It’s not that we didn’t know it already, but who doesn’t like affirmation? When visitors representing the National Carousel Association saw what Buffalo has at Canalside, they could hardly contain themselves.
“I think it’s spectacular,” said John Caruso of Brooklyn, one of 103 association members who made their way here from 23 states. “We’ve been waiting to see it ever since we found out about the restoration.”
What they were talking about, of course, was the Buffalo Heritage Carousel, built in North Tonawanda almost a century ago and now housed in the wooden KeyBank Roundhouse, an all-season structure run on power provided by the sun, with help from Buffalo’s Tesla plant.
It’s no surprise the visitors were so enthusiastic. You’d never know from looking at the 1924 carousel that it went unused for 67 years and required extensive restoration.
It’s been a success since it opened in May and the word will now continue to spread about both the carousel and the great city where it has found a new home.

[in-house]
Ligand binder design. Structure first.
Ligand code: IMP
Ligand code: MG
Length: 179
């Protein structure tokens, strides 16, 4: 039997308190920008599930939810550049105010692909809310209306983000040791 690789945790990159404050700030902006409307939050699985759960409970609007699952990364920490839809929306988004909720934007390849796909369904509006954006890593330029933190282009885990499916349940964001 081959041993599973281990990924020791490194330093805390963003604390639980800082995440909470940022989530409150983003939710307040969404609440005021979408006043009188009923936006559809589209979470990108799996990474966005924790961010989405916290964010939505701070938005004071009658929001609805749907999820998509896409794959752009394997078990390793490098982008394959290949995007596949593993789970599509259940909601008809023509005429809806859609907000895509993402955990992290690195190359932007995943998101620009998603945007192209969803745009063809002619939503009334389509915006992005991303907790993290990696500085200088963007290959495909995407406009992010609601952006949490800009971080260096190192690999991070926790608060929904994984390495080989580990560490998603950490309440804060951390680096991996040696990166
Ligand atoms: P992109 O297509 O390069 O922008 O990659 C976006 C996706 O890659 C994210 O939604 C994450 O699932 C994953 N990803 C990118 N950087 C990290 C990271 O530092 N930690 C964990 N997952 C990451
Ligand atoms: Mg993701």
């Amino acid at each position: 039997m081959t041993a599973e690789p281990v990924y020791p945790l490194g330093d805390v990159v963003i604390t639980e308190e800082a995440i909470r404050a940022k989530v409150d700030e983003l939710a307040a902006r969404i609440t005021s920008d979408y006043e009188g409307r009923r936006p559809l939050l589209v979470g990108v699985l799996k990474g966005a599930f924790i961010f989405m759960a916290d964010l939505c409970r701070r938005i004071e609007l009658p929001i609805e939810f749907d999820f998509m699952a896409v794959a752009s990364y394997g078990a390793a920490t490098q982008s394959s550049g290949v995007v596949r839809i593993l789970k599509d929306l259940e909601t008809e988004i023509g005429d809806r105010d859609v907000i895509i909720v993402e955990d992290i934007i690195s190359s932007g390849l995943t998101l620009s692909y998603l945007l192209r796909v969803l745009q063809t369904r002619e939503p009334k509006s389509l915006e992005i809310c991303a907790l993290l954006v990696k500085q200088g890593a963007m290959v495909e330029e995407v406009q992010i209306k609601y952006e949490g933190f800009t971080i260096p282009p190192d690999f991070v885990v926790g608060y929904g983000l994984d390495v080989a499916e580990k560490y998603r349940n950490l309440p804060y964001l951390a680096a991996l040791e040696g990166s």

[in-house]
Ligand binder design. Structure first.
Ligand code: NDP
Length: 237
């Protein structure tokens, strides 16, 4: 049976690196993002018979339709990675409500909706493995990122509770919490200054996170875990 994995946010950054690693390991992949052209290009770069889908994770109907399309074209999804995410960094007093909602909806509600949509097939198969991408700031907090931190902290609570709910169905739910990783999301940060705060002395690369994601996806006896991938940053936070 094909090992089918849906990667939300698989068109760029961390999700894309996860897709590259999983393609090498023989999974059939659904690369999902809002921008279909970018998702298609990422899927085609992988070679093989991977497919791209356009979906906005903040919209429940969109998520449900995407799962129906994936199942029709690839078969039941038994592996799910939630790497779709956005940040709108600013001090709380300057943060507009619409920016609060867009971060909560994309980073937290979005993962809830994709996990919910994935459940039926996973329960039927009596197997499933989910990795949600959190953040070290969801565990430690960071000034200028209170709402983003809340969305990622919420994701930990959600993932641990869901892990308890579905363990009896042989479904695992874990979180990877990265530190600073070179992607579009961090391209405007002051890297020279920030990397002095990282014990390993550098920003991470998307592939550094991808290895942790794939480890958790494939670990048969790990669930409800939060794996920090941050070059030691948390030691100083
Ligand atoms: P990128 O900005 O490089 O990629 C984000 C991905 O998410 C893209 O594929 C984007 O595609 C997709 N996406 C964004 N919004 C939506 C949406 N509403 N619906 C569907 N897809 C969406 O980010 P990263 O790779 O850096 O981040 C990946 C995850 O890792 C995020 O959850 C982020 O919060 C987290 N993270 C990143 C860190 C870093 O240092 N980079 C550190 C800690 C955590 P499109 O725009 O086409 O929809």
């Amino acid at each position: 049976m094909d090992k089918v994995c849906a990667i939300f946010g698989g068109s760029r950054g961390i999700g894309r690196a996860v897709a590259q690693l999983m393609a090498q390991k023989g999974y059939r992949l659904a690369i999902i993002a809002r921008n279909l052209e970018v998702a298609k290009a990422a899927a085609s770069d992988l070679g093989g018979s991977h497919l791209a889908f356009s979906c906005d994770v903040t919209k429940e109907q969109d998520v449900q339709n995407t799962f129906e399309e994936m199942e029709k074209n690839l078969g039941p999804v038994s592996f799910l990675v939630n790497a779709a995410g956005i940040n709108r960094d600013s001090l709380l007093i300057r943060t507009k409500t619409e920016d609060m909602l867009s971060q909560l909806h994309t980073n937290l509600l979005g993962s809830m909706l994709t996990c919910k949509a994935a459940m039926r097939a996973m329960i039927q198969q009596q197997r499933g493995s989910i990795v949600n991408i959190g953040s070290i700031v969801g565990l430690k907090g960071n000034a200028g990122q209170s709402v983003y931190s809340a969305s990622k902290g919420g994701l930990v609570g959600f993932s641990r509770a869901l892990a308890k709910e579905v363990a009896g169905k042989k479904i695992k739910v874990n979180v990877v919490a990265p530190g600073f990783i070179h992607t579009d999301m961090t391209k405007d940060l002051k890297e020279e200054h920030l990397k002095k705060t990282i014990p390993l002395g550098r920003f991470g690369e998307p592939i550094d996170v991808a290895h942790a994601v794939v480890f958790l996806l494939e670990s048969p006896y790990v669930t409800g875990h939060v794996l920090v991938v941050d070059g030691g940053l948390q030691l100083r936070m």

It will be instructive to monitor the results of a new program in Niagara Falls, where school buses will be outfitted with cameras to identify motorists who put children at risk by ignoring laws that require them to stop when the buses do.
The point shouldn’t just be to punish driver there, but for other school districts and communities to evaluate the program. It seems doubtful that Niagara Falls is alone in dealing with reckless and irresponsible drivers.
For those who are fascinating by animal escapes – and really, who isn’t? – it’s been an interesting week. In Prince George’s County, Md., zebras have been spotted at least twice. One man took video of one of the creatures only weeks after three of the creatures had been spotted after escaping from a private farm.
That might top the story of a bull that fled from a date at a Long Island slaughterhouse, except that the oversize fugitive had somehow eluded capture for two months. For his efforts, he won a lifetime residency at a New Jersey animal sanctuary.
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